Greater Stick-nest Rats (Leporillus conditor) have yellowish-brown fluffy fur with white markings on their hind feet. They have large eyes and a blunt snout and rest in a hunched posture.
Greater Stick-nest Rats are nocturnal and build communal nests, to shelter in and hide from predators. They have incisors that constantly grow to enable it to eat hard seeds and carry and chew up sticks for building its nest.
When Greater Stick-nest Rats lived on mainland Australia they lived in the desert woodlands.
The Greater Stick-nest Rat is critically endangered as they are extinct on the Australian mainland. Many factors have contributed to their decline including competition from feral cats and foxes, land clearing and the reduction of Aboriginal burning practices.
The Greater Stick-nest Rat is an omnivore; they eat saltbush, leaves, fruits, native grass seeds and larger acacia seeds.
Predators include feral cats and red foxes, dingoes, owls and eagles.
They grow from 170 to 260mm (head and body) and weigh between 290 to 350g.
Stick-nest rats are seasonal breeders; they mate in summer and average two young. The young stay within range of mother then males disperse at maturity.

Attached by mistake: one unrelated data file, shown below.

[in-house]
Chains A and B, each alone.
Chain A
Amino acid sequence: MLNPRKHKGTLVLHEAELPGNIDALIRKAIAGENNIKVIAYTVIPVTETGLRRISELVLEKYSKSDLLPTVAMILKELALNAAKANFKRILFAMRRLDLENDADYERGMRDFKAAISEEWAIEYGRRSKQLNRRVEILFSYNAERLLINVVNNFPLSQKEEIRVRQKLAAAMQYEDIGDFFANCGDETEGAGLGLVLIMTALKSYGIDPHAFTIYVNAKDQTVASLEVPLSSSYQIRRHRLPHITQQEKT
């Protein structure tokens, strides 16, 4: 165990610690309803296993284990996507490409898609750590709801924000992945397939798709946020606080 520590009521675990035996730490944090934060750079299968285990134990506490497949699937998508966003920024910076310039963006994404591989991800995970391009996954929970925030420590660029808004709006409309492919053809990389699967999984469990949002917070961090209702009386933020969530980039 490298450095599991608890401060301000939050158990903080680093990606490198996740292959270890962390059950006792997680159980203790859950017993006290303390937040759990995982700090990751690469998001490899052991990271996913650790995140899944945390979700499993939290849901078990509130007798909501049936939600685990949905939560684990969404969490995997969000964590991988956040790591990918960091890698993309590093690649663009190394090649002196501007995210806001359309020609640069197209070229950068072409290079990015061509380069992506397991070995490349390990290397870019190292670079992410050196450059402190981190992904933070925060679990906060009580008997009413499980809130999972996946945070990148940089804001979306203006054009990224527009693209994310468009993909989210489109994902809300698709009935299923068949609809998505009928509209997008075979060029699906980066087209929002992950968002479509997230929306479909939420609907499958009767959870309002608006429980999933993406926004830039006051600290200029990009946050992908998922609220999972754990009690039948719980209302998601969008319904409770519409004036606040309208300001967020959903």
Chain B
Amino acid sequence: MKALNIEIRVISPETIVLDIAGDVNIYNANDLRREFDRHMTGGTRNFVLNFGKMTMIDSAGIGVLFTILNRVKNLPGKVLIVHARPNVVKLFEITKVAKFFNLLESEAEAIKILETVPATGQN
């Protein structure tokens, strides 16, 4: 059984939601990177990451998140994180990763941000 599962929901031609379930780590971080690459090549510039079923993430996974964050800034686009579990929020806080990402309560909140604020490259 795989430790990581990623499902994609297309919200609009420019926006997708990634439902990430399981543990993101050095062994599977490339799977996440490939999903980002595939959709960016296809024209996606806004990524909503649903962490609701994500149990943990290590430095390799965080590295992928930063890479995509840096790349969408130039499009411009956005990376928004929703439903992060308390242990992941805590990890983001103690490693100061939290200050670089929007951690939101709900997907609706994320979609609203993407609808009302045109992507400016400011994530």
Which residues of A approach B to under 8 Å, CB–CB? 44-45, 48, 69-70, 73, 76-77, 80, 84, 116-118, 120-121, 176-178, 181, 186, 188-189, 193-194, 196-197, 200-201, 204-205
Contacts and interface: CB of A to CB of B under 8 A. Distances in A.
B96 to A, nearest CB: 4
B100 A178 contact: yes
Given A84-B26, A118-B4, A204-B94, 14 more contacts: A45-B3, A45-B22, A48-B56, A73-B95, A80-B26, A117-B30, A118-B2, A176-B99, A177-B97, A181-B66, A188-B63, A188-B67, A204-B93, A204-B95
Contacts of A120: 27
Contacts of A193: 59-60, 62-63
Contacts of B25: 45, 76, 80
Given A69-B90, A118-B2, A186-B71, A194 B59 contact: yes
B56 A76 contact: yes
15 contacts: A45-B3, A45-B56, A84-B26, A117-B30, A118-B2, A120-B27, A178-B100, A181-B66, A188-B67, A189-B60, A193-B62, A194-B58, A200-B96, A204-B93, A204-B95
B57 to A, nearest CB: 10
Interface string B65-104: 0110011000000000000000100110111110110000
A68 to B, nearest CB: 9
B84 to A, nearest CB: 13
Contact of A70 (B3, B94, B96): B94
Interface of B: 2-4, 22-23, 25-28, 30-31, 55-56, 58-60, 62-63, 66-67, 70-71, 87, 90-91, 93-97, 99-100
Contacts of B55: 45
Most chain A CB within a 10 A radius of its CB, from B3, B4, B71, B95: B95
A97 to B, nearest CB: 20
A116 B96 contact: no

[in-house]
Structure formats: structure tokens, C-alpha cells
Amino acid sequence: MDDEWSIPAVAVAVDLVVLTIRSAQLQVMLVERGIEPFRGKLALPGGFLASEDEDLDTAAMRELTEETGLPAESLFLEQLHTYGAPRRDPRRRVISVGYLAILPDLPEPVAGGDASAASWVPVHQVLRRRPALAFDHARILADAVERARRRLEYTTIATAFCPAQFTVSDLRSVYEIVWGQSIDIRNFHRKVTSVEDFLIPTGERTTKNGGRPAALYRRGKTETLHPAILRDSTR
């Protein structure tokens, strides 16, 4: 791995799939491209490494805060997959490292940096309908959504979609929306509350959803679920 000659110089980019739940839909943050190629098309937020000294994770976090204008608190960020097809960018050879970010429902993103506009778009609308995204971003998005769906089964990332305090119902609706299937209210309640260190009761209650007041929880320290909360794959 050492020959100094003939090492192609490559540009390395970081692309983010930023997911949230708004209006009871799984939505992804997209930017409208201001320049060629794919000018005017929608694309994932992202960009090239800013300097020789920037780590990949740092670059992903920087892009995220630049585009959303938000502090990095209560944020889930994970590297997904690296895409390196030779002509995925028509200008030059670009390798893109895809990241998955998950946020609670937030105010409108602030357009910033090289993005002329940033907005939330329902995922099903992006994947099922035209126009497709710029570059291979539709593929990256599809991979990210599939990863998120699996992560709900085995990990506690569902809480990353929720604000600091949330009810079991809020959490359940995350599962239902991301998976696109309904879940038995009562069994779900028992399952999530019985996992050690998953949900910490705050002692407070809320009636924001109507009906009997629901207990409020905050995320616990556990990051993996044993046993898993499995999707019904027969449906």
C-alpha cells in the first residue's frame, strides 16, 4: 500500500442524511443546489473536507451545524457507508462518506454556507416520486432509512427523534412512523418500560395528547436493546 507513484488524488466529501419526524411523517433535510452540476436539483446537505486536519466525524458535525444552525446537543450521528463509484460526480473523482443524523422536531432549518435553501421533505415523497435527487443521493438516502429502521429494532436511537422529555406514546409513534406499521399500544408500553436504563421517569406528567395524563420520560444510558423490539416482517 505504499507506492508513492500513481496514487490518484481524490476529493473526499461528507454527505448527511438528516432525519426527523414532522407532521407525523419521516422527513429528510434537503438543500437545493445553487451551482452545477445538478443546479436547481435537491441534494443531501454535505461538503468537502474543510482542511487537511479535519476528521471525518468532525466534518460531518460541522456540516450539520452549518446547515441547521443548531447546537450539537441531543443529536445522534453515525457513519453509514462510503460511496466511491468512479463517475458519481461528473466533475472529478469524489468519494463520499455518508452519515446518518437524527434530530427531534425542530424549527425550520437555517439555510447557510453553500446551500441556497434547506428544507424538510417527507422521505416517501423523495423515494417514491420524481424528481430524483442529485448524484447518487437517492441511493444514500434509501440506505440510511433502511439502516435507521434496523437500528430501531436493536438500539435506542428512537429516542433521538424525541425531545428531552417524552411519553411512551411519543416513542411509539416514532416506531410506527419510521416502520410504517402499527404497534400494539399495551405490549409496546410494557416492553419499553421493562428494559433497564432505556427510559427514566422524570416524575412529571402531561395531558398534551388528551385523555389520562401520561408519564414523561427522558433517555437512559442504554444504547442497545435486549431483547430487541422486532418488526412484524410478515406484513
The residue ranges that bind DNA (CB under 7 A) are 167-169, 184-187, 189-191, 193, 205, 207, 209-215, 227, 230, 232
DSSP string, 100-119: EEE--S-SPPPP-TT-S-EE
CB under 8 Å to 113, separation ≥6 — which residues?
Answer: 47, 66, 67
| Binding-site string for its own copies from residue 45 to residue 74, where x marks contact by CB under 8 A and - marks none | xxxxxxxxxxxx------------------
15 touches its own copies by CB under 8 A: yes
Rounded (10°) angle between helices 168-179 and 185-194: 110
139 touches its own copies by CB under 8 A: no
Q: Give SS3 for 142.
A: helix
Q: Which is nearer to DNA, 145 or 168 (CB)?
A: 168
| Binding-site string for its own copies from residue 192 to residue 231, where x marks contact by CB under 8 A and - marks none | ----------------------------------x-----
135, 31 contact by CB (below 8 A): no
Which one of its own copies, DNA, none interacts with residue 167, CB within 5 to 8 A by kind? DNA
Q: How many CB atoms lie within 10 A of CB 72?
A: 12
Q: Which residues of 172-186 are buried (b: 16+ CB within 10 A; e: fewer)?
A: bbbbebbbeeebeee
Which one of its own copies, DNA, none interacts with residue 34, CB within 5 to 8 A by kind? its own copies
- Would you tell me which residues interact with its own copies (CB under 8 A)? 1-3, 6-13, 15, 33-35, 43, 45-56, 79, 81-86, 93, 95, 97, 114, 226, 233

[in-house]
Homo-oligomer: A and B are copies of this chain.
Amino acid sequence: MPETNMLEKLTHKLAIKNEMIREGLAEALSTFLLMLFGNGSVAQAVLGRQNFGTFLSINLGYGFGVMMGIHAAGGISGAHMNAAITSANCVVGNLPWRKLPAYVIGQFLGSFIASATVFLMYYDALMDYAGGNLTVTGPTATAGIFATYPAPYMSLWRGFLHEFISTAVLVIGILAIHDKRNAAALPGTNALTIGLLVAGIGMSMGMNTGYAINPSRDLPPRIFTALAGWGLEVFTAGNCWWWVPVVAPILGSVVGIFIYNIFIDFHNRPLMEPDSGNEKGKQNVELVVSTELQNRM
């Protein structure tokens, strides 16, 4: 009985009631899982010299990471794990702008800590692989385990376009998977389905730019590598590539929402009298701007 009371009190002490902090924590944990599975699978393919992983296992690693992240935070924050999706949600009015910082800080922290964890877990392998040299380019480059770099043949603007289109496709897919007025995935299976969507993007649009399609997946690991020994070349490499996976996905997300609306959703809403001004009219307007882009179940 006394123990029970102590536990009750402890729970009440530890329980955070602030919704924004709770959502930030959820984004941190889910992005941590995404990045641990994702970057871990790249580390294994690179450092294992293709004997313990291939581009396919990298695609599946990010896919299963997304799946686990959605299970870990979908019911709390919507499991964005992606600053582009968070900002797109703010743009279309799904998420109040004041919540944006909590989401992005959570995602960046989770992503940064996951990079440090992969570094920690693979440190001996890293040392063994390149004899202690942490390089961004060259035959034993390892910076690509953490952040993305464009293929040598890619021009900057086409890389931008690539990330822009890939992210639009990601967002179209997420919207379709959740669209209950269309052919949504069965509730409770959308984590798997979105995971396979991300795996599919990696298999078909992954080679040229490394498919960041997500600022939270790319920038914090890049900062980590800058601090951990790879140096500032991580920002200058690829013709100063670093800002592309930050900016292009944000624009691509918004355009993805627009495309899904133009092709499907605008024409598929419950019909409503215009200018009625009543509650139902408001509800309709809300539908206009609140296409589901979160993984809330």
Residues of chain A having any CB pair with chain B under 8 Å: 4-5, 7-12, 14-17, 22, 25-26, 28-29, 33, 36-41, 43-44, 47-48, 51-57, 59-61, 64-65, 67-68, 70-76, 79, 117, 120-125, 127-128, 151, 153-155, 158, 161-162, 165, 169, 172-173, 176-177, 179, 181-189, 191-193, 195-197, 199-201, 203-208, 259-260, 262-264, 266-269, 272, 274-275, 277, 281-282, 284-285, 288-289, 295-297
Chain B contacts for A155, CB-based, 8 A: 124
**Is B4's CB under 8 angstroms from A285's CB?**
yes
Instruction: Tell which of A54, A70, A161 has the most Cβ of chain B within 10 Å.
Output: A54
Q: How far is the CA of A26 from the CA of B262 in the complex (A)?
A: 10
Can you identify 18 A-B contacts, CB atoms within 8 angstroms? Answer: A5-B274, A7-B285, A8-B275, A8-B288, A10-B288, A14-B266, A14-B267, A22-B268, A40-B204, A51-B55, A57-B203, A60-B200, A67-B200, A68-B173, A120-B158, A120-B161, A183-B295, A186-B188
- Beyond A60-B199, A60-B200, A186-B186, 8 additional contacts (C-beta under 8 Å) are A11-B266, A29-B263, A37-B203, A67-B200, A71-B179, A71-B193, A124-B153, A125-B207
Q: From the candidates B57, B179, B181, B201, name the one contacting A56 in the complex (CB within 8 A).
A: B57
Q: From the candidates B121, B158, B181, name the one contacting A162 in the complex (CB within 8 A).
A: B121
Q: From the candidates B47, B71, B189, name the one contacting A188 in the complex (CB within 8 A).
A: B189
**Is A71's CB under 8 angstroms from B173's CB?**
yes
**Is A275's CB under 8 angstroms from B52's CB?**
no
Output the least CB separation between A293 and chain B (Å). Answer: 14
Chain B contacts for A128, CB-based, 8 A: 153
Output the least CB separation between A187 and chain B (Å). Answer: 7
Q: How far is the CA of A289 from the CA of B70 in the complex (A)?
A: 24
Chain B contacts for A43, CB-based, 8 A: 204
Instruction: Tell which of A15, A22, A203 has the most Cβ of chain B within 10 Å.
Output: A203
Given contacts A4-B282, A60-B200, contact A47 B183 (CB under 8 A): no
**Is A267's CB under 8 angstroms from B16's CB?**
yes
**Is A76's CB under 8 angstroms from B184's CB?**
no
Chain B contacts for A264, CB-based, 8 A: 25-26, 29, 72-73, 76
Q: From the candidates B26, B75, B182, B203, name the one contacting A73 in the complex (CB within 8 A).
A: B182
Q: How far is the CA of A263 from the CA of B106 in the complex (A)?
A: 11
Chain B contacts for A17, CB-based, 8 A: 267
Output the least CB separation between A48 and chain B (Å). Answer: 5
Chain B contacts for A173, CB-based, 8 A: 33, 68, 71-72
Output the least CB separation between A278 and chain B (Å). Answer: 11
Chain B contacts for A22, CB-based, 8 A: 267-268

Extra fun facts
Greater stick-nest rats get most of their water requirements through their diet of succulents, leaves, and fruit.
They build communal nests up to 1m and 1.5m in diameter are constructed of woven sticks and branches meticulously chewed to size. A nest of grass is constructed in the centre of the piles and tunnels lead from this to the perimeter. The construction is added to by succeeding generations and very large nests may contain communities of 10 to 20 animals.
The only known population of this species now exists on the Franklin Islands.